Are you also 10 years old? OP's not talking about ambition, she's talking about motivation. Doing her school work, reading and music practice isn't "forcing her" to be something she's not, it's the bare minimum requirement! Who on earth resents their parents for encouraging them to read!? Jesus wept.

OnlyToWin Sun 27-Sep-20 21:31:06

Been there - endured many a torturous Sunday getting homework done, had many a talk about trying best etc. Then I decided that I would just leave her be and let her get on with it. If she did not do her homework she got into trouble at school. If she did badly in a test she was disappointed. It was very uncomfortable at first. Obviously I still supported her interests but I pulled back lots. The result? She has started to work harder and do more things herself. She has also made some mistakes and not done so well in some lessons. She has taken more practical options for GCSE and is enjoying them. I had to let go of my snobbery about academic subjects and top grades and just let her be. It’s her life not mine. Life is much less stressful now and she is working harder than she ever has before.

xxxviii Sun 27-Sep-20 21:33:11

Neither 10 yrs old nor rude like @Ohalrightthen.

Come back in 10 yrs & tell us how well the "Mini-Me" project went, OP.

ladybirdsarelovely33 Sun 27-Sep-20 21:35:40

I agree that you need to take away the gaming completely. It def incites bad behaviour. Others have said this OP. Are you up for doing that?

Ohalrightthen Sun 27-Sep-20 21:36:06


Neither 10 yrs old nor rude like *@Ohalrightthen*.

Come back in 10 yrs & tell us how well the "Mini-Me" project went, OP.

I'm not rude, i just wish i had some of whatever you're smoking.

Attempting to raise your child to be polite, considerate and hardworking isn't particularly unusual. OP isn't being unreasonable in wanting her child to do her homework and not verbally abuse her. I think you and i must be reading completely different posts.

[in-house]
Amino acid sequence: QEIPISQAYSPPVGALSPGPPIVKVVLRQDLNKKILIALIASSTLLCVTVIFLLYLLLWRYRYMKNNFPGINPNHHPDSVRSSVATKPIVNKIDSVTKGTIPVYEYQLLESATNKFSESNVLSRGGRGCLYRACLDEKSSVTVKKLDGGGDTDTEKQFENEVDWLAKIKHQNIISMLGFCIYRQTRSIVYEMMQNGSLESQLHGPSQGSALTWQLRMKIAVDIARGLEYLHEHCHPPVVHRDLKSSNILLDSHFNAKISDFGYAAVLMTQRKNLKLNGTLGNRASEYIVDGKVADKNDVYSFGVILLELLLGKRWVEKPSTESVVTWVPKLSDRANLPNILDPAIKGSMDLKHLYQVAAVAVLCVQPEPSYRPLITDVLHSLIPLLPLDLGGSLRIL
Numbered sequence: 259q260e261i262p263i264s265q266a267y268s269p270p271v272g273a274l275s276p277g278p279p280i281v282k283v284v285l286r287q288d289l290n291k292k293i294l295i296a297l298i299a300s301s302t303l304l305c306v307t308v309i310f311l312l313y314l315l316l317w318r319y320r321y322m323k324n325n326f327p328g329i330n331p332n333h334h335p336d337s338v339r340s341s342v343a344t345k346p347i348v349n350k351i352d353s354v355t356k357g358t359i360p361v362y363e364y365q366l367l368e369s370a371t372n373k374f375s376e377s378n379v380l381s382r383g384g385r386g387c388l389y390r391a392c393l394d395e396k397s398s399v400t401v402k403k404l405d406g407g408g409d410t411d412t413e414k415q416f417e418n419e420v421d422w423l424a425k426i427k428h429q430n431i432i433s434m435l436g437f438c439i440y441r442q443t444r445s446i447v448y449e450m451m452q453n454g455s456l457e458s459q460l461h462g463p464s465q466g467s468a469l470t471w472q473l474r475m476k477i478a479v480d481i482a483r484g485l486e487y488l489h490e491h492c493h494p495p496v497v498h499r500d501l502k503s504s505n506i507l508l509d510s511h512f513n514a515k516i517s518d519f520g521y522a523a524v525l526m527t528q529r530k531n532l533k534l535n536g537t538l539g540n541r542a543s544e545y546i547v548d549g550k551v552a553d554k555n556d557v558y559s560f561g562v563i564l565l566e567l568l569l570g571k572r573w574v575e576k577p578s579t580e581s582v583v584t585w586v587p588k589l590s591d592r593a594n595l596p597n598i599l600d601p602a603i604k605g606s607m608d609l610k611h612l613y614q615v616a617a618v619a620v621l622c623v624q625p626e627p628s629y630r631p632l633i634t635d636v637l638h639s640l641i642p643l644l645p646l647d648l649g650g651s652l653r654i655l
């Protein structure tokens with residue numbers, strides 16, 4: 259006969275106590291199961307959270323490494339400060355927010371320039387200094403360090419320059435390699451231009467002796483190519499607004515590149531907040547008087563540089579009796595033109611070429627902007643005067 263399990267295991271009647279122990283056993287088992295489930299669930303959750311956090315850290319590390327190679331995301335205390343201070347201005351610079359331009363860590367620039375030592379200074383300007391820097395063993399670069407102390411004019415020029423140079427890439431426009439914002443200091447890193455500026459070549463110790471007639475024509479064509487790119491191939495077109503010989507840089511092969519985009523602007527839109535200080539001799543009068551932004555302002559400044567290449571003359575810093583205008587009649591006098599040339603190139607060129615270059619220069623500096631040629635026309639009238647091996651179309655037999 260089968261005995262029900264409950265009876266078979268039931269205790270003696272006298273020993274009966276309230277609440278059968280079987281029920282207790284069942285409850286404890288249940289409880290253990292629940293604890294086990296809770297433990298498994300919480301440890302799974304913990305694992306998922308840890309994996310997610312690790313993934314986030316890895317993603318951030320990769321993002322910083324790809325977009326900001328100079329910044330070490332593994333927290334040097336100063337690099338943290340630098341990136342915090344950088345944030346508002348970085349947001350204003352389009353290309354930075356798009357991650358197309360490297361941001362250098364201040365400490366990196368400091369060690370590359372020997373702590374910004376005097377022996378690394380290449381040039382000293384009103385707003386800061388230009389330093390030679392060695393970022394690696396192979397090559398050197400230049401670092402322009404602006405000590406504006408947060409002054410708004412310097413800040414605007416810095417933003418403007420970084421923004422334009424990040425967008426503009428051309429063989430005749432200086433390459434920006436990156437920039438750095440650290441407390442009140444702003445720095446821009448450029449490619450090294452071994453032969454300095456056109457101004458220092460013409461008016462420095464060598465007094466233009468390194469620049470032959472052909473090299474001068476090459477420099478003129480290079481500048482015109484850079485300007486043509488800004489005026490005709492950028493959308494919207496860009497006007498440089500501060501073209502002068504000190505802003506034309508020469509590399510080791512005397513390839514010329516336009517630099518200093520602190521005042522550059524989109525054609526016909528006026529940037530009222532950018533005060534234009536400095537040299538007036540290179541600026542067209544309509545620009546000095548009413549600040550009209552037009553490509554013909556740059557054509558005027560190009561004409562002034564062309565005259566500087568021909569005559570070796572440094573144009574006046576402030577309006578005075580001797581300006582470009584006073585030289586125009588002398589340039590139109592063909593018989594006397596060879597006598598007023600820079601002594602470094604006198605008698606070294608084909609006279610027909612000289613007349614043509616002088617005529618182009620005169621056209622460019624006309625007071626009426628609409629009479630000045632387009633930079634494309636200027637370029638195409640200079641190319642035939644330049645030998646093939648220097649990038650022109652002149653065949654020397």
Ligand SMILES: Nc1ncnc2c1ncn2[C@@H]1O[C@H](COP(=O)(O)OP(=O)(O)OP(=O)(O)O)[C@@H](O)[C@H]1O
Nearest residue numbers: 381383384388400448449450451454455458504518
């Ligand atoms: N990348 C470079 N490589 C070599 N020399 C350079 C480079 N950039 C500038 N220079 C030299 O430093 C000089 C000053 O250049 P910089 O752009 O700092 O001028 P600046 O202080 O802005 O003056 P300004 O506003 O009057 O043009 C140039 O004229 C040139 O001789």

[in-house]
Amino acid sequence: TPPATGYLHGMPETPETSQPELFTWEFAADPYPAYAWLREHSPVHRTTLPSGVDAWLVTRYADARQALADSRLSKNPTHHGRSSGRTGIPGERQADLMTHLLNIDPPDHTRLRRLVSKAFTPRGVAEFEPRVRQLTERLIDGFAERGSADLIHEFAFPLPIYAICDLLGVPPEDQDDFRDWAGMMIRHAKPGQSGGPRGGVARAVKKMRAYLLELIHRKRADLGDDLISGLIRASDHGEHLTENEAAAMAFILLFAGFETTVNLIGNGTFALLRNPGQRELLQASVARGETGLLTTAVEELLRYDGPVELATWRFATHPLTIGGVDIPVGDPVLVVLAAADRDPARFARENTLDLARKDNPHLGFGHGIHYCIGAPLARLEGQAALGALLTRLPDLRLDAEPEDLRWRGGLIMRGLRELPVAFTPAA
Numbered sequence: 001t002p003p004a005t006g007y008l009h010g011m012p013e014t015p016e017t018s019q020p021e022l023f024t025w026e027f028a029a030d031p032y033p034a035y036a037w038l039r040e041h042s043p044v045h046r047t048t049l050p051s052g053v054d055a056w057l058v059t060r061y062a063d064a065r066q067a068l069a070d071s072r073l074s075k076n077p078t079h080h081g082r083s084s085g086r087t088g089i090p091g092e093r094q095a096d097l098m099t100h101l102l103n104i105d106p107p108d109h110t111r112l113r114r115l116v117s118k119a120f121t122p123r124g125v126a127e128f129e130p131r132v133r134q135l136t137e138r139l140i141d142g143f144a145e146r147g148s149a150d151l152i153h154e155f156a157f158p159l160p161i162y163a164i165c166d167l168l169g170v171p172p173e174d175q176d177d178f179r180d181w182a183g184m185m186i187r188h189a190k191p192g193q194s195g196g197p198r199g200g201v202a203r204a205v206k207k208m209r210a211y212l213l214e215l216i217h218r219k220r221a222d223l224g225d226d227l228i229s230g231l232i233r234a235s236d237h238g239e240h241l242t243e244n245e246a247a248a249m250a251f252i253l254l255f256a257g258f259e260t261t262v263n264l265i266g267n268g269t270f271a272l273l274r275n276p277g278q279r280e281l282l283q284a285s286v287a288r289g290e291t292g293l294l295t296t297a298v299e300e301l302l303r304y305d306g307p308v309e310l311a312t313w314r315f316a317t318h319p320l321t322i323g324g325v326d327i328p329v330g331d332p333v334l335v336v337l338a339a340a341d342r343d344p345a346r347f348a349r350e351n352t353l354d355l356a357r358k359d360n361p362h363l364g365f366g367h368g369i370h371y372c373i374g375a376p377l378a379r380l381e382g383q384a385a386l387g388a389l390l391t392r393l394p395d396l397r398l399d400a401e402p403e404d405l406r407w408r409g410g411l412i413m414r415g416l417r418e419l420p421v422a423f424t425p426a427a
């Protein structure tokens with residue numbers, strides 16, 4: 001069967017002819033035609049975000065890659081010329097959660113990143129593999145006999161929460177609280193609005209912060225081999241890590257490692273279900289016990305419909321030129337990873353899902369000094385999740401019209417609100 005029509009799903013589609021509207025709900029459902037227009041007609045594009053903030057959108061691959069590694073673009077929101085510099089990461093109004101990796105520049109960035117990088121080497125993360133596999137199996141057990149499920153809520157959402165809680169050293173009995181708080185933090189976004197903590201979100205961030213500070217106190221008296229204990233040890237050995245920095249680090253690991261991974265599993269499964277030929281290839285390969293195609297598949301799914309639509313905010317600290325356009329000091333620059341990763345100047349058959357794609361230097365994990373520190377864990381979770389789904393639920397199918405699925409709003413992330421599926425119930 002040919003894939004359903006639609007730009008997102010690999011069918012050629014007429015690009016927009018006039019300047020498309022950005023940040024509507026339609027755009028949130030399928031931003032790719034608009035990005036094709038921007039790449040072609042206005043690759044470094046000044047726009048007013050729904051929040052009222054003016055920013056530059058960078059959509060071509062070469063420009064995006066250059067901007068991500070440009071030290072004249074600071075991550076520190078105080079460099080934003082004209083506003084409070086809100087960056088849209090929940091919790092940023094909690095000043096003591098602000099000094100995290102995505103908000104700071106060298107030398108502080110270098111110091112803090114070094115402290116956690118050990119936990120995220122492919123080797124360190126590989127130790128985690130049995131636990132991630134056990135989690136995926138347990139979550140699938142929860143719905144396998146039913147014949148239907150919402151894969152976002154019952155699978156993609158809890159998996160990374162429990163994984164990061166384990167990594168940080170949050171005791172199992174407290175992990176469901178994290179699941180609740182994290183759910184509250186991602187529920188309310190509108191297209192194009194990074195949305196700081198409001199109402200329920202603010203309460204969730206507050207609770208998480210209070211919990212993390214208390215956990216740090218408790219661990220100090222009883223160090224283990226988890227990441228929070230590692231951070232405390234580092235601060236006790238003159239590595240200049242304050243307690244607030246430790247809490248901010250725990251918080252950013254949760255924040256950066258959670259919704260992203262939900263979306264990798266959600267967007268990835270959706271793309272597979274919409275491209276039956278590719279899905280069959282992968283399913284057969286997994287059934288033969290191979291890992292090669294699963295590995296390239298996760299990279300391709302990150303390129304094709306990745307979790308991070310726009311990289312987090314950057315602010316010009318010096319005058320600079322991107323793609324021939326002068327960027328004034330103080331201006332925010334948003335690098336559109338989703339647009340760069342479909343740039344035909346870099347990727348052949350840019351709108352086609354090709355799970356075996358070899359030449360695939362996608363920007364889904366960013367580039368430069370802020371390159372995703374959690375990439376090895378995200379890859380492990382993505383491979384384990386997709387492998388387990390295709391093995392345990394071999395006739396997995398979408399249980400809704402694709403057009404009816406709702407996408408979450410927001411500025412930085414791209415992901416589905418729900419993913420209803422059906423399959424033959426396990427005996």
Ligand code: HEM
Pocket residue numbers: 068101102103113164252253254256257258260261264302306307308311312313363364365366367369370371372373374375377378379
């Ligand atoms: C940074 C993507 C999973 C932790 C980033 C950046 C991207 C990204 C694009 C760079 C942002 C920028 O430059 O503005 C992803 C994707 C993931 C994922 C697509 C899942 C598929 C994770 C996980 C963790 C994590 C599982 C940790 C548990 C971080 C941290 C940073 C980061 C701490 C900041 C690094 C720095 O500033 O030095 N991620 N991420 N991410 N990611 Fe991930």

whattodo2019 Sun 27-Sep-20 21:43:14

Just take away roadblocks and mine craft...
You are the parent so parent her!

CloudyVanilla Sun 27-Sep-20 21:46:00

I also feel weird about this.

You talk so much about how you don't like her sad

So she is o my allowed to play games once all her school work etc is done. She plays 2 instruments as well. But that's still not enough.

I don't have DC that age but she sounds very normal. I have to say it sounds like you are being hugely overbearing on her personality and hugely judgemental where it's completely unnecessary.

You need to take a step back. You're treating her like too young a child by micromanaging her but also judging her personality by adult standards. I have little doubt your resentment of her shows though in real life.

She's doing NOTHING overly naughty yet you're planning a permanent ban on gaming. Even though you say yourself she has to do all other work first and it is time limited.

The only thing I do agree with is to ditch online games. I think offline Minecraft is absolutely great but Roblox is awful and encourages that addictive busy and gratification mechanism in the brain. Maybe if you put a bit more effort into finding out about her interests you could agree some behaviour friendly games for her to play instead of time suck games like Roblox rather than our right banning gaming because you don't personally find it appealing